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Pitt Great Curtis Martin Aids Redevelopment of Homewood Park



PITTSBURGH — Before he knew that he wanted to play football, Curtis Martin knew that he wanted to give back to his community.

Tuesday, the Pittsburgh native and Pitt graduate did just that, making a sizable donation as part of a $14 million dollar project to renovate Willie Stargell Field in the Homewood neighborhood of the city that Martin grew up in, years before the became a member of the Pro Football Hall of Fame playing for the New England Patriots and New York Jets.

The project, which features contributions from the city and state, Homewood Community Sports, Martin, Dan Towriss of Group1001 and the Cal Ripken, Sr. Foundation, will design and construct a new athletic complex on the site, which will be expanded by the demolition of the former Homewood Montessori School. The new multi-purpose football and baseball field will be jointly named for Martin and Stargell.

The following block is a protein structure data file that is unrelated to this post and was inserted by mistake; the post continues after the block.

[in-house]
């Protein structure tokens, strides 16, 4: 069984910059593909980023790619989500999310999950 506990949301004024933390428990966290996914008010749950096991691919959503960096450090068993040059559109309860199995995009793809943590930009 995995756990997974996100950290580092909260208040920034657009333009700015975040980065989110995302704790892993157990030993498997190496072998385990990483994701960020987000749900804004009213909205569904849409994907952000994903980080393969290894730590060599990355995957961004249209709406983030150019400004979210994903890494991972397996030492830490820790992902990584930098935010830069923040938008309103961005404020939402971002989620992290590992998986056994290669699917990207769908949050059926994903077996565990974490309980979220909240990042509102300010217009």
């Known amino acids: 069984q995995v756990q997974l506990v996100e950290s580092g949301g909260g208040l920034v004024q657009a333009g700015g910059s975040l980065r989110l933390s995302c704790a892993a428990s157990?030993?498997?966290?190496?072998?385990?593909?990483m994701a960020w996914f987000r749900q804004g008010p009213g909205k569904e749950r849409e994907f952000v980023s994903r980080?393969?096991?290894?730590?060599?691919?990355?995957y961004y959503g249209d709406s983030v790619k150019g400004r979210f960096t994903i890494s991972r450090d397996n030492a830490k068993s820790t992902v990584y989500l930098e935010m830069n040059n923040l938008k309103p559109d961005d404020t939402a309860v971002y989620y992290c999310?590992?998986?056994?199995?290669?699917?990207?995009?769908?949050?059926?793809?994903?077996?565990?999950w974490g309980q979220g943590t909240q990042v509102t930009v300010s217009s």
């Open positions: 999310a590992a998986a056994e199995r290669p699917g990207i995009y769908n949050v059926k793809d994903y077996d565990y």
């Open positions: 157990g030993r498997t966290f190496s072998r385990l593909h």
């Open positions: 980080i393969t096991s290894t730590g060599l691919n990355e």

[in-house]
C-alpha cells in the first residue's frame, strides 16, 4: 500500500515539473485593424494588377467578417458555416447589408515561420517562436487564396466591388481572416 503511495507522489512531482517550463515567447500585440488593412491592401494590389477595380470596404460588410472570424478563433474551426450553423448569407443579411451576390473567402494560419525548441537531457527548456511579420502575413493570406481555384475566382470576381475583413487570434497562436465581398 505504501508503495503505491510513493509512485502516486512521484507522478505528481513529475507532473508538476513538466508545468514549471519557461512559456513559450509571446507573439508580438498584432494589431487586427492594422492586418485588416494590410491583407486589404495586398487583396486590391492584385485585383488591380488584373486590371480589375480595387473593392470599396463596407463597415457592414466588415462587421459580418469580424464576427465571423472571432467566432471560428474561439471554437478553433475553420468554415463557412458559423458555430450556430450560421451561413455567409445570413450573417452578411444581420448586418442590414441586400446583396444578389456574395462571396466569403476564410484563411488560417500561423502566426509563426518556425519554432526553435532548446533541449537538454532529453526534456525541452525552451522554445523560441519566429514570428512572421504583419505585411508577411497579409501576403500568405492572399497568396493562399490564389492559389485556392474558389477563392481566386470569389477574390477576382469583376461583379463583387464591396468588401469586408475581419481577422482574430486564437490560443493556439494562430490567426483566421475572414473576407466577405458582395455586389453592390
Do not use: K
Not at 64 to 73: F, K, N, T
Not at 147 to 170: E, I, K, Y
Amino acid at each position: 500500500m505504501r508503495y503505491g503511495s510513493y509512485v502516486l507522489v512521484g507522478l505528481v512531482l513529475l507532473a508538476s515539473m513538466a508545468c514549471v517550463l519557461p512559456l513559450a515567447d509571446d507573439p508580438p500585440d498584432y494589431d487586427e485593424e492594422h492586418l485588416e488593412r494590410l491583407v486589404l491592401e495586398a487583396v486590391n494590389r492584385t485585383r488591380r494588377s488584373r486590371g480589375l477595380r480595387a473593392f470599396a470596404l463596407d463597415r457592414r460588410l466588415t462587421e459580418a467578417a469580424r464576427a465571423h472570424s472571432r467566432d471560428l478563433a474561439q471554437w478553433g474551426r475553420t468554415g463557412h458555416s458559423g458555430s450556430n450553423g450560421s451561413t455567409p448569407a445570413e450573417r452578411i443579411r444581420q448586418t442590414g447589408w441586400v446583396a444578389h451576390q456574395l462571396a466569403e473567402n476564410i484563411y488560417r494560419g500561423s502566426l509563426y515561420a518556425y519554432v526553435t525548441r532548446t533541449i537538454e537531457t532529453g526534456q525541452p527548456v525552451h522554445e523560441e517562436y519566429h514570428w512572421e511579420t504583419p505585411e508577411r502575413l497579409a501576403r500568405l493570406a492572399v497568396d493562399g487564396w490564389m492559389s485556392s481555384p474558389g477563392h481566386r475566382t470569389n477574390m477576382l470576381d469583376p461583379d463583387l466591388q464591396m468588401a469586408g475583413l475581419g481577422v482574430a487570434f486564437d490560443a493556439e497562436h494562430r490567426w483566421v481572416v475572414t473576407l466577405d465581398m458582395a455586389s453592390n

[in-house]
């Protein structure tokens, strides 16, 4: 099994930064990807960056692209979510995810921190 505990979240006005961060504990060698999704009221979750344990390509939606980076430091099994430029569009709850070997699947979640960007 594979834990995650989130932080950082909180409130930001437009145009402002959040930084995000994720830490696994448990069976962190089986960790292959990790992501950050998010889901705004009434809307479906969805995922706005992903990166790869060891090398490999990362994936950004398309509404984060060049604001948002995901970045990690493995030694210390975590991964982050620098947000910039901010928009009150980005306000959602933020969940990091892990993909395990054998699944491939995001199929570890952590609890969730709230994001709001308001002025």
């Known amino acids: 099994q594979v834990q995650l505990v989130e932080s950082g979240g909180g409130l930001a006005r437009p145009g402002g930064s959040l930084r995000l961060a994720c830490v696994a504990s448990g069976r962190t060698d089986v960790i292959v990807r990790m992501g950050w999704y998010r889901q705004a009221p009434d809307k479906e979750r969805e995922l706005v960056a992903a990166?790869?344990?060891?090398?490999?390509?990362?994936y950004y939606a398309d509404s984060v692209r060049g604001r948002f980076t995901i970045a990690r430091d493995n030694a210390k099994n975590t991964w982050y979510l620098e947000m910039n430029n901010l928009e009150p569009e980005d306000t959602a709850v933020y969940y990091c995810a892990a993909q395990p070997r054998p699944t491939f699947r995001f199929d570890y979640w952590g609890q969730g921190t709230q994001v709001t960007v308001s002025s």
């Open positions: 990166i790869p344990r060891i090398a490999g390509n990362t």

It’s a fitting honor for Martin, who said most of his motivation for going into football was to be able to make a difference in people’s lives beyond the game.

“I remember talking to Bill Parcells on the phone when he called [at the draft],” Martin said, recalling his selection in the third round of the 1995 NFL Draft. “He said, ‘Son, we would like to know if you’d like to play for the New England Patriots.’

“I said, ‘yes, sir’ and I hung up the phone. All my friends and family were there. I turned around and I said, ‘I don’t want to play football. I don’t want to play football at all. This thing has been kind of a joke to me. I just had the talent to get here, but this is not what I want to do for the rest of my life.’”

Curtis Martin. — Harry Bloomberg via PITT ATHLETICS

“I had a pastor there. The pastor looked at me and said, ‘Curtis, maybe all those wonderful things that you want to do for your community and for the state and for the world, all those big dreams you have, maybe football is just the vehicle that God has blessed you with to do that.’